The IPPC Directive in a nutshell

The EU agreed the Directive on integrated pollution prevention and control in 1996.1 It applies to some 36,000 large industrial sites in the chemicals, food, metals, minerals, paper, textiles, waste and intensive livestock farming sectors.

IPPC requires each site - the proper term is "installation" - to have a permit to operate by 31 October 2007. It aims to control an installation’s environmental impacts, including releases to air, water and land, in an integrated way. Other impacts such as resource use and waste are also covered.

The permits set mandatory conditions on how operators should run their installations, including limits on polluting releases. The fundamental principle used by regulators in setting these conditions is ‘best available technique’ (BAT). This is defined as the most effective method of controlling an installation’s impacts that is economically viable in the industry sector.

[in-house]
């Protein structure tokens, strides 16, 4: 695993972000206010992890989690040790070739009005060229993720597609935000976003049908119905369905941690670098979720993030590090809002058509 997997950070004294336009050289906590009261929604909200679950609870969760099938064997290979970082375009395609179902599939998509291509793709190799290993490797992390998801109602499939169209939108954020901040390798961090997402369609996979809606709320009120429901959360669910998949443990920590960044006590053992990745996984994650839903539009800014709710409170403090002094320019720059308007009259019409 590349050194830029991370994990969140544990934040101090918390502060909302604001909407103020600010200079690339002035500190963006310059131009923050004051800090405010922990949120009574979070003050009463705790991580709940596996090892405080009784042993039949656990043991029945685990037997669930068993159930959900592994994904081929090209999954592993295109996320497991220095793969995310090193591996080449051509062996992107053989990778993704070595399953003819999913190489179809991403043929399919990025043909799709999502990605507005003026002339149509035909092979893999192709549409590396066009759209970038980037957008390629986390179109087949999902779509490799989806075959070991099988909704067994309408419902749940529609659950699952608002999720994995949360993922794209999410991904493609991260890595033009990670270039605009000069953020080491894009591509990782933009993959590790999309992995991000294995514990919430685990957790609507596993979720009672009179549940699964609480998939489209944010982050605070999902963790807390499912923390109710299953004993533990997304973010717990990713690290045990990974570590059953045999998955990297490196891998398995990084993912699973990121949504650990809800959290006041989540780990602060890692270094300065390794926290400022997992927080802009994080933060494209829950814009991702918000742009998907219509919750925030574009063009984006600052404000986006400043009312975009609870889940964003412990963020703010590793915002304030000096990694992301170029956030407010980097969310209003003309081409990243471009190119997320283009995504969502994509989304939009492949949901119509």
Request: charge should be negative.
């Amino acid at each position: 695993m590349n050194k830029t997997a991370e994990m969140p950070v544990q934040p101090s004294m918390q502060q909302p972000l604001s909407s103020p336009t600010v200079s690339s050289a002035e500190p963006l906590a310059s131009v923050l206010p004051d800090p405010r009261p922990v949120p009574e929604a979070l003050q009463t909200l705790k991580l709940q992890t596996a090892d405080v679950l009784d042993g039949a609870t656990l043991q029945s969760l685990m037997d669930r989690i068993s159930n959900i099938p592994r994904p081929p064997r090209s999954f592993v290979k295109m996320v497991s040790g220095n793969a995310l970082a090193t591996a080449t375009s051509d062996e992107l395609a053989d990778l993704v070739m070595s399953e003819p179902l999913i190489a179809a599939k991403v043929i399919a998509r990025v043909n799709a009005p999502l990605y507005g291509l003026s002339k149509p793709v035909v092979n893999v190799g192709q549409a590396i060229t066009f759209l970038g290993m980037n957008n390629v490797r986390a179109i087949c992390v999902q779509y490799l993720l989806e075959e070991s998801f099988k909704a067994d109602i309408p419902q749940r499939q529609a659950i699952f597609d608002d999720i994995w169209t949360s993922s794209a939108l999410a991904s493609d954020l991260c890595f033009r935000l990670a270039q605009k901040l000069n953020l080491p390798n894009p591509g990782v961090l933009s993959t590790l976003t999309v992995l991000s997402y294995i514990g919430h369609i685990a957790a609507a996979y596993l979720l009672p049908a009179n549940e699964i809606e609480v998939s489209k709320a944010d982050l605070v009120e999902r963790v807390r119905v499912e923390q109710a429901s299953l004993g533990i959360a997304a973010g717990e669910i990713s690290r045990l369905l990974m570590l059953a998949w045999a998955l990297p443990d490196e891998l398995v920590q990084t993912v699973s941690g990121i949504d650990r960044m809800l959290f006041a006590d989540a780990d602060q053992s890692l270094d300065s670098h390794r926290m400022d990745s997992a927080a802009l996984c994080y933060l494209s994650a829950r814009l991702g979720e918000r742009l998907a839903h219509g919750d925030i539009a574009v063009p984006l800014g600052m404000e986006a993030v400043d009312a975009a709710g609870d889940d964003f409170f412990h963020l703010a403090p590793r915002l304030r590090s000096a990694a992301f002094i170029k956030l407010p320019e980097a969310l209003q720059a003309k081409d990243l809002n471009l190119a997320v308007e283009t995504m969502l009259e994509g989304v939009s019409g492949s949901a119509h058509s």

Guidance on BAT for each sector is published by the Commission’s IPPC Bureau in BAT reference documents called BREFs.2 The documents are compiled by groups from industry and regulators and are reviewed periodically.

Although an operator must use BAT, the BREF guidance on BAT is non-statutory. The Directive allows regulators the flexibility to decide BAT for each installation.

The Directive allows the Commission to override BAT by proposing binding EU-wide emission limit values. Member states are also allowed to set ‘general binding rules’ instead of individual permit conditions, provided they ensure the same level of environmental protection.

The Directive has been amended to include rules on public participation in the permitting procedure and to remove IPPC’s greenhouse gases and energy use requirements where an installation is participating in the EU emissions trading scheme.

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